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Sunday, May 13

The end of the plastic bag?

Saw an amazing documentary Message In The Waves recently about Hawaii.

It documented the impact of what's called the 'vortex of trash' floating in the North Pacific on the islands and also explained the Indigenous methods for living in that environment — methods which are being returned to.

Beaches in Hawaii accumulate mountains of trash.

They went to Midway, the Second World War base which is now deserted, and found an albatross population dying through eating the trash floating on the oceans.

Their natural behaviour is to pick food from the ocean's surface. In the documentary we saw printer cartridges, golf balls - everything plastic - retrieved in enormous amounts from dead Albatross chicks.

Greenpeace has a great animation showing the vortex.

North of Hawaii, in the Pacific Ocean, there's a mass of tangled plastic trash twice size of Texas that's accumulated in a slow, swirling vortex of water and air created by the high pressure zone ("gyre"). This thirty-foot deep mass of tires, lawn furniture, tampon wrappers, milk jugs, plastic bags, bath toys, traffic cones, etc. Then all this traps marine life, which dies and rots, adding even more toxins to this island of death!

> Greenpeace: defending our oceans

Most of the waste comes from land, either blown off landfill or from storm drains.

I was thinking of this reading about the impact of a plastic bag ban in the small market town of Modbury in Devon.

They've completely banned plastic bags and - overnight - created a town-culture where being seen with a plastic bag gets you shunned. Funny thing is, everyone agrees, even the visitors.

Sandra Beard didn't stand a chance. Net curtains twitched. Shoppers tutted. The holidaymaker had advanced a mere 50 yards down Modbury high street before Helen Pickles burst out of her shop looking askance.

"Madam," the joint proprietor of R&H Pickles hardware trilled at Mrs Beard, "is that a plastic bag you're carrying?"

Two weeks after becoming the first town in Europe to ban plastic bags from its shops, an extraordinary transformation has taken place in the south Devon community. Carrying a plastic bag has become antisocial behaviour.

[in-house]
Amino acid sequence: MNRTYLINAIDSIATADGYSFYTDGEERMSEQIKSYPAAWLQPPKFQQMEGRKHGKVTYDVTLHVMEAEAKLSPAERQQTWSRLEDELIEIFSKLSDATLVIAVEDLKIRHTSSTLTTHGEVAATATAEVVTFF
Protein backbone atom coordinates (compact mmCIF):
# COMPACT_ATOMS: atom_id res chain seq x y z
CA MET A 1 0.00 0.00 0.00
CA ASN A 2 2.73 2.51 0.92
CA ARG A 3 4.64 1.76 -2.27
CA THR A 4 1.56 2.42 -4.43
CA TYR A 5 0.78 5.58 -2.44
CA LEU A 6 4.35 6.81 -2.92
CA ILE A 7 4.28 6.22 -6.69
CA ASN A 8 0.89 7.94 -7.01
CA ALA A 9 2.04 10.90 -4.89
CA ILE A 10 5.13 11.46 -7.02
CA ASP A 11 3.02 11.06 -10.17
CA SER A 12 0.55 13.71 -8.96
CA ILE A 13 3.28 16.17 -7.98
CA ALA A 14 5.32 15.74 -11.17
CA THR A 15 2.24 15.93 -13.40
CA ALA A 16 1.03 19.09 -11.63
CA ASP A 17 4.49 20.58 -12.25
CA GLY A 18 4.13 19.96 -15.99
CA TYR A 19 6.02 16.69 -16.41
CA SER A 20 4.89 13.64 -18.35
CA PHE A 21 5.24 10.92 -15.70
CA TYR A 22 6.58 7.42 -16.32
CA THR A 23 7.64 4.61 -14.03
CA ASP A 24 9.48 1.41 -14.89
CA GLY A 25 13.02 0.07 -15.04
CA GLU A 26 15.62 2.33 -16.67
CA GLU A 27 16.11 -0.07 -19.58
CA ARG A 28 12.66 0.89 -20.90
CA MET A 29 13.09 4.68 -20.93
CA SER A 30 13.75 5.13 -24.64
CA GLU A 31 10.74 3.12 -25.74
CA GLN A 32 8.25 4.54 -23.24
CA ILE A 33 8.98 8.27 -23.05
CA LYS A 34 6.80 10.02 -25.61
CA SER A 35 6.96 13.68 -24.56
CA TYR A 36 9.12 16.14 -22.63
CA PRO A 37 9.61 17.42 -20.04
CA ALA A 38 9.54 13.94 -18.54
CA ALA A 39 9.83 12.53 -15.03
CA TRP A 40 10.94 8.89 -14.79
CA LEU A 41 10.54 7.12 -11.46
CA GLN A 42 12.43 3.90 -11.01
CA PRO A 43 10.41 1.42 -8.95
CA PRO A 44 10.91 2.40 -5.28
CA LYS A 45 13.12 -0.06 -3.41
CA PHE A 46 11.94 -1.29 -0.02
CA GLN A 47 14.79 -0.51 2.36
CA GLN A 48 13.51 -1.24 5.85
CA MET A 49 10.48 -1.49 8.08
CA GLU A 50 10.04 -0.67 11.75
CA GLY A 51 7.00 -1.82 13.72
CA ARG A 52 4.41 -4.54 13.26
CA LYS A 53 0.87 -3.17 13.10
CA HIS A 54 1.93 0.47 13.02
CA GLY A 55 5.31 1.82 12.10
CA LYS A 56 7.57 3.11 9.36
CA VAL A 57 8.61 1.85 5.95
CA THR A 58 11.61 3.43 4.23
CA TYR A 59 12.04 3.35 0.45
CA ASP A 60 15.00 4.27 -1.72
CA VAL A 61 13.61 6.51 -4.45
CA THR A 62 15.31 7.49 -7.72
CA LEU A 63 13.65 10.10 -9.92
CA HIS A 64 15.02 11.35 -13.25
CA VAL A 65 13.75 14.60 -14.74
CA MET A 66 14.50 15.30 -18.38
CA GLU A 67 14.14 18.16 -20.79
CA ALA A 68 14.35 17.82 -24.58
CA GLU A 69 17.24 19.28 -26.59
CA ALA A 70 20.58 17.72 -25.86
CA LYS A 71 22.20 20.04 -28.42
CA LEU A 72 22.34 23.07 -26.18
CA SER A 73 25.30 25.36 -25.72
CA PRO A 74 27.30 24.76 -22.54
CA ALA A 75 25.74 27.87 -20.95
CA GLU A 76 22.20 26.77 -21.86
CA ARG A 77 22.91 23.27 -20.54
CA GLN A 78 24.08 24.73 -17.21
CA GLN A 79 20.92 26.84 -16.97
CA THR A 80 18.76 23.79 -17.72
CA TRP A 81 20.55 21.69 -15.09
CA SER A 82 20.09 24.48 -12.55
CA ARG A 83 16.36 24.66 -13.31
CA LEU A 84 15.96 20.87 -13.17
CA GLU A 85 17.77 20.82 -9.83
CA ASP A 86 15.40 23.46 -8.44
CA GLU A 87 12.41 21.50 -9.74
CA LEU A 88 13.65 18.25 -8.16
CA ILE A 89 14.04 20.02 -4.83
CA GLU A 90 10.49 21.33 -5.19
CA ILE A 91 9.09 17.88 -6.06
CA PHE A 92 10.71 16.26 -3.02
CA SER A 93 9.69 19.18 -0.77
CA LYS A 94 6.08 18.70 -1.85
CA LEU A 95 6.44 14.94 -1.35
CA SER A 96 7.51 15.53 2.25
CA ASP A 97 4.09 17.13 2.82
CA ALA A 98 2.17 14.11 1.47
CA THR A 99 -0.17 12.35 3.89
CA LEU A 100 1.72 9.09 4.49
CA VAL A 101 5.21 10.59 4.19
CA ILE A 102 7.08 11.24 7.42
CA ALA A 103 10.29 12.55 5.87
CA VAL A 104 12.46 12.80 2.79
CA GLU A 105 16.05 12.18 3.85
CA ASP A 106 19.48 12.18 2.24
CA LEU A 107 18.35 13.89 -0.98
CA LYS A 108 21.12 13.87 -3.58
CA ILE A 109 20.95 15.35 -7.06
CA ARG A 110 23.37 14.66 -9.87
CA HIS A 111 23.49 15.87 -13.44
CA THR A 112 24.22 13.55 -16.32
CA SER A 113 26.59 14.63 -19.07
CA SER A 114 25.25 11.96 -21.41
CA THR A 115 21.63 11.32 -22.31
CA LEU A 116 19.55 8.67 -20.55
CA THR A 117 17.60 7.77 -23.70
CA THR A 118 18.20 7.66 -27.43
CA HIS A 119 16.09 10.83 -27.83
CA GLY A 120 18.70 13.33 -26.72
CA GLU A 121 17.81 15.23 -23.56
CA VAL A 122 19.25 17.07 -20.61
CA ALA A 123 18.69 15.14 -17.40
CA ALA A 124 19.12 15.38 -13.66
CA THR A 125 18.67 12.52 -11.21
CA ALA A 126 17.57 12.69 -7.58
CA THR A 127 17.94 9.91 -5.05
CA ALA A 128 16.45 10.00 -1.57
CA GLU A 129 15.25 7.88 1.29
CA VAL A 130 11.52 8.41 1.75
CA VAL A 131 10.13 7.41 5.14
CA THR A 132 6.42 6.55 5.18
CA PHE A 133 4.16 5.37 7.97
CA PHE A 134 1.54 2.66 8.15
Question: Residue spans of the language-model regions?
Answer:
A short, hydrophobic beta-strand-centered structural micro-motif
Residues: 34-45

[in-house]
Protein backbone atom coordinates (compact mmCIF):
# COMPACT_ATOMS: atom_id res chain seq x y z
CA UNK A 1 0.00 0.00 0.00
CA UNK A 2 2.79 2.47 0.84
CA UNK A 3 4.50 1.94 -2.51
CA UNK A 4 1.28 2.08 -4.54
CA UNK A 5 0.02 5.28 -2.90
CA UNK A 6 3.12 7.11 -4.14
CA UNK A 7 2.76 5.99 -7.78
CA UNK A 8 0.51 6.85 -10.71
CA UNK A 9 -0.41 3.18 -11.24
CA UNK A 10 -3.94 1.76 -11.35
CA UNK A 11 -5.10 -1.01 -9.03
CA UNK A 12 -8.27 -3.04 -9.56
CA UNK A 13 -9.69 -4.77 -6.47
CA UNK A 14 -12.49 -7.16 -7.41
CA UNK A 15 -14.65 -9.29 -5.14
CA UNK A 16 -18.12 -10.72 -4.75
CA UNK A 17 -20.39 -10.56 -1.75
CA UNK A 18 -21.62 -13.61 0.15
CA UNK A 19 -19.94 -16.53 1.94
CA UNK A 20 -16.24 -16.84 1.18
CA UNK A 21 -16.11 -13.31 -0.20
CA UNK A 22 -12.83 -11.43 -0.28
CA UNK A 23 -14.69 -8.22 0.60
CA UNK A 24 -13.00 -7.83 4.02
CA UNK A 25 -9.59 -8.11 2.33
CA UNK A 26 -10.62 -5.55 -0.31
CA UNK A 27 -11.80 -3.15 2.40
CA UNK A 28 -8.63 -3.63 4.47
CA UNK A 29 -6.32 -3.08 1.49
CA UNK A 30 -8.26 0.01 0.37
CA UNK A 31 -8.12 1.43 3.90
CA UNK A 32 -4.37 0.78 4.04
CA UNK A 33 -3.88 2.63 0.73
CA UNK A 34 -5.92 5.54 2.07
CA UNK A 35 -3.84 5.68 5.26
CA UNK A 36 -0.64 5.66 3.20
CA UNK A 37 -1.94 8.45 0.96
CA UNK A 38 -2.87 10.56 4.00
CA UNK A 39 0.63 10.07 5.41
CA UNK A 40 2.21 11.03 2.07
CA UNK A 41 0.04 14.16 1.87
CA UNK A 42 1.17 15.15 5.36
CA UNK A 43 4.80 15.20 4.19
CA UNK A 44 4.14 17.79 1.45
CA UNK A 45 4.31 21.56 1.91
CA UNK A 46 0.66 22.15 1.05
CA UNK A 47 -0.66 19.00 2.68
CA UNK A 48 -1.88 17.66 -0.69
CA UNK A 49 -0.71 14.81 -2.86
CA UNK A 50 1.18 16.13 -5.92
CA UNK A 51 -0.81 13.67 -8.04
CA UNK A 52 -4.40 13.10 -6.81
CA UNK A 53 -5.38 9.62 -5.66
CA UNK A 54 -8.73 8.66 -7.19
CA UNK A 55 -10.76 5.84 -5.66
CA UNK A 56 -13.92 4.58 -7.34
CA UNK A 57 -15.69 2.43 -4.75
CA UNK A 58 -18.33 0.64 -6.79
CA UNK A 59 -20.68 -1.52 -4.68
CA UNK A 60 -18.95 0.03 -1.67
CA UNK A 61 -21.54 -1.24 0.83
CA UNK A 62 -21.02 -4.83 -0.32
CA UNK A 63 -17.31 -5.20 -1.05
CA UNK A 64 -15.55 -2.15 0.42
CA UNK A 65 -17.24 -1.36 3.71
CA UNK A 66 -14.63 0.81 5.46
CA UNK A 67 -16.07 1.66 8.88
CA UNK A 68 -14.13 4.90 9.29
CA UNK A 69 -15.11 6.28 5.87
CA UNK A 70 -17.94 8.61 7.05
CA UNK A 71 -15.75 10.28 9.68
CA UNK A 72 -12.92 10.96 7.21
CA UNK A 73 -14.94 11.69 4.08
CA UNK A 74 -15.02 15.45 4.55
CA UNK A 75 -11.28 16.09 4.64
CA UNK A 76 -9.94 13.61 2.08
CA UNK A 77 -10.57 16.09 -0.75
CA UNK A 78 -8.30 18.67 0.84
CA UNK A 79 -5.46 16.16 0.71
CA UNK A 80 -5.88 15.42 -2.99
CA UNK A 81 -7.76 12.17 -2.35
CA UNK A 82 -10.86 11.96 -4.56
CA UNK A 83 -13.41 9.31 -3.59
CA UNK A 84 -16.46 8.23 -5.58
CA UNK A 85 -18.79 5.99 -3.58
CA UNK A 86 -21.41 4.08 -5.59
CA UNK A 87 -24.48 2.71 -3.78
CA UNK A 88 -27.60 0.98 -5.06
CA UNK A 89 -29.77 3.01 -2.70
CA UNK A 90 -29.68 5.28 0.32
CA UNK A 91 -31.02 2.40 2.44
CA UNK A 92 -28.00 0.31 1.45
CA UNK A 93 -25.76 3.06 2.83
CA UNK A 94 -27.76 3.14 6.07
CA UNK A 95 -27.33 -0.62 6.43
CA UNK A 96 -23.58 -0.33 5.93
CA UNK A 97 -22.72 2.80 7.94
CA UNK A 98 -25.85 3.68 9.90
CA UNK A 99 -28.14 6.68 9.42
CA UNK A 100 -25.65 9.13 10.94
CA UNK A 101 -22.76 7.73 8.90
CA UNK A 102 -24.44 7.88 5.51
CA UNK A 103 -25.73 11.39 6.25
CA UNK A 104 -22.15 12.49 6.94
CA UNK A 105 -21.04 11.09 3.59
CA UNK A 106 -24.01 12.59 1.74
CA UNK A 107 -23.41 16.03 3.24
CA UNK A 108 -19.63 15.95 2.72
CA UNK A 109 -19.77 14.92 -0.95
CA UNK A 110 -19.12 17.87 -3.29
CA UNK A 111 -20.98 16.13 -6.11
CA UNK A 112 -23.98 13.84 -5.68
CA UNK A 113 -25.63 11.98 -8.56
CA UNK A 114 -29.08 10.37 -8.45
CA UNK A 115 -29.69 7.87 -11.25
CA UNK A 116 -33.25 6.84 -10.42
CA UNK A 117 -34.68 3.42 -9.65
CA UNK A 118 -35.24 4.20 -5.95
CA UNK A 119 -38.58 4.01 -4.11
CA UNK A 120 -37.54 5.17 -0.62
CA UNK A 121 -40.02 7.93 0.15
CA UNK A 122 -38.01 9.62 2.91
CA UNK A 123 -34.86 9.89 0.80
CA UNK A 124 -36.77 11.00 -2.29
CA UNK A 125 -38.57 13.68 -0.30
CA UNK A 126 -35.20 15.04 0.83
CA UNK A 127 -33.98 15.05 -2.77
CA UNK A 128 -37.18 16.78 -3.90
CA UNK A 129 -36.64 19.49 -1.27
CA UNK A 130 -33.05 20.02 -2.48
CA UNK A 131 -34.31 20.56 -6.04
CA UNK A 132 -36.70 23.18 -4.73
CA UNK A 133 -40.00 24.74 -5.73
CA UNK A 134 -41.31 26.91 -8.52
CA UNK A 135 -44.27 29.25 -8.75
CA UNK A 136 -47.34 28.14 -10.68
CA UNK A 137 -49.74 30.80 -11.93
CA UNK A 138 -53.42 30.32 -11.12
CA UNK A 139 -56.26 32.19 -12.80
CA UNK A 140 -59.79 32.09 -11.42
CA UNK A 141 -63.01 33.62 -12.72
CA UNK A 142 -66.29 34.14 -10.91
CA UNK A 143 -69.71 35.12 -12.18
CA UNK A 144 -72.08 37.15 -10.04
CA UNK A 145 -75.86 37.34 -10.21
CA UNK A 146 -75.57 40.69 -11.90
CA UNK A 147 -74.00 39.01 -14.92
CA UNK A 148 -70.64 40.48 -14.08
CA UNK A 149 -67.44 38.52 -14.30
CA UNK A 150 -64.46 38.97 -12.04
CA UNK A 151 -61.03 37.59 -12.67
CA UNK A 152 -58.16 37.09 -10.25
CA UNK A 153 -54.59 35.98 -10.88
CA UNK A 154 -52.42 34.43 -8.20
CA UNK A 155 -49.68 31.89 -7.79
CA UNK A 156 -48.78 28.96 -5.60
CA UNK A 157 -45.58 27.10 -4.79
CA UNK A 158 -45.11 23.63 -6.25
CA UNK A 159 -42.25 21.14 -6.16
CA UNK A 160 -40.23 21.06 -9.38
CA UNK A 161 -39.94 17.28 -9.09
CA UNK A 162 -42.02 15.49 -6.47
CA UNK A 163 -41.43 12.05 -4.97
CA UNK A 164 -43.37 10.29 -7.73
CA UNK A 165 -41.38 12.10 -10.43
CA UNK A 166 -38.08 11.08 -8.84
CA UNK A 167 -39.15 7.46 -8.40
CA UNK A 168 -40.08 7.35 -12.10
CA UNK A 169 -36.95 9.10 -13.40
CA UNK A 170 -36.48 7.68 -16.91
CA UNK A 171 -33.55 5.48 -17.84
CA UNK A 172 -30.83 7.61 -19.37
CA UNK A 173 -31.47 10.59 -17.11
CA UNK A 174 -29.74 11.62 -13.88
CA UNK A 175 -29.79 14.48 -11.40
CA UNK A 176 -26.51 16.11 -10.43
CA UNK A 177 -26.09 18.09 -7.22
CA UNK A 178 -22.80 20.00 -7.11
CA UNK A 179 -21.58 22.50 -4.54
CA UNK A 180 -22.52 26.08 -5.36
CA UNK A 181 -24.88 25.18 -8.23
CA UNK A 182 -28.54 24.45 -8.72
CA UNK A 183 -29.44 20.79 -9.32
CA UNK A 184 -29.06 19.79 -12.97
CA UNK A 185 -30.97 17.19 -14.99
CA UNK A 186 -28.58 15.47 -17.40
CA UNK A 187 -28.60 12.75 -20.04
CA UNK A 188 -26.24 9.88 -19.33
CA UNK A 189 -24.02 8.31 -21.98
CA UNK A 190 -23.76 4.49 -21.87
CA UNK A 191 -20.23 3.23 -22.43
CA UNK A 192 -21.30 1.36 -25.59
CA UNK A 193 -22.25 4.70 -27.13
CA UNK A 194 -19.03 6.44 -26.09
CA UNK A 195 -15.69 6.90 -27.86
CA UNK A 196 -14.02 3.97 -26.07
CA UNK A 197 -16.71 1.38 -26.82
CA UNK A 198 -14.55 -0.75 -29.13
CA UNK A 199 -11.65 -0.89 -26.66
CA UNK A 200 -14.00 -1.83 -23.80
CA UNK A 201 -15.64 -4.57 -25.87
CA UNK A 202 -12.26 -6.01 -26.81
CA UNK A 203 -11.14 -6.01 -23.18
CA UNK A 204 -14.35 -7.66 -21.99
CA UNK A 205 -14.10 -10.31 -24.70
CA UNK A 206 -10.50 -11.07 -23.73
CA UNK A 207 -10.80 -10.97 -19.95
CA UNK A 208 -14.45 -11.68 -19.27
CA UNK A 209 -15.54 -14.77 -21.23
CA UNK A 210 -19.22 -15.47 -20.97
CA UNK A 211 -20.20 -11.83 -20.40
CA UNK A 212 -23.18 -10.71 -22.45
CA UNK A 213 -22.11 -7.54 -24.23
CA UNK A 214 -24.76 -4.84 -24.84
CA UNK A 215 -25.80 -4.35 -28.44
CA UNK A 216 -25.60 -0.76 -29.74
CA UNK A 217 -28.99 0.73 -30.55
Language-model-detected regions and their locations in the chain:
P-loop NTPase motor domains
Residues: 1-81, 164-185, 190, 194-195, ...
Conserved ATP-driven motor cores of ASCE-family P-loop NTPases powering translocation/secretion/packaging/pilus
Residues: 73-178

The ban came from one woman's campaign — funnily enough the same woman who'd filmed those Albatross on Midway.

This makes complete sense. Who wants plastic bags and the enormous amount of packaging inflicted on us?

Well geeks for one.

On gizmo you can buy a 'bananaguard', which was invented by Swedes.

Bananas are among the more delicate fruits, in need of protection inside a lunchbox or backpack. If you're a banana aficionado like we are, you'll need the Banana Guard, a hard plastic case for those phallic fruits that will keep those icky brown bruises away. Hey, BananaGuard also makes a great Halloween costume for that banana, but it's probably too late for that.

There are lots of references to this which concern the 'safety' of 'unprotected' bananas!

Are they insane?

So it is Geeks who are killing the world with this level of ridiculous consumerism. And don't give a stuff. And cannot now claim not to be aware.

All this 'stuff' just ends up in the stomachs of Albatross. Plastic takes eons to decay.

Here's a great page about Lunchbox waste.

Richard, who is 8, volunteered that he weighed 29kg. So in only 3 days this school creates Richard's weight in packed lunch rubbish. In the school year, they make about 57 Richards of waste just from their packed lunches!

This is how you get to '57 Richards of waste':

Unfortunately, yes, the Supermarkets are to blame because you often have to search out ways of buying the least packaged items. Crisps, for example, are now default offered in snack packs. But you can always find bananas as they come.

All our individual choices add up - just think of those Albatross next time you're faced with one.


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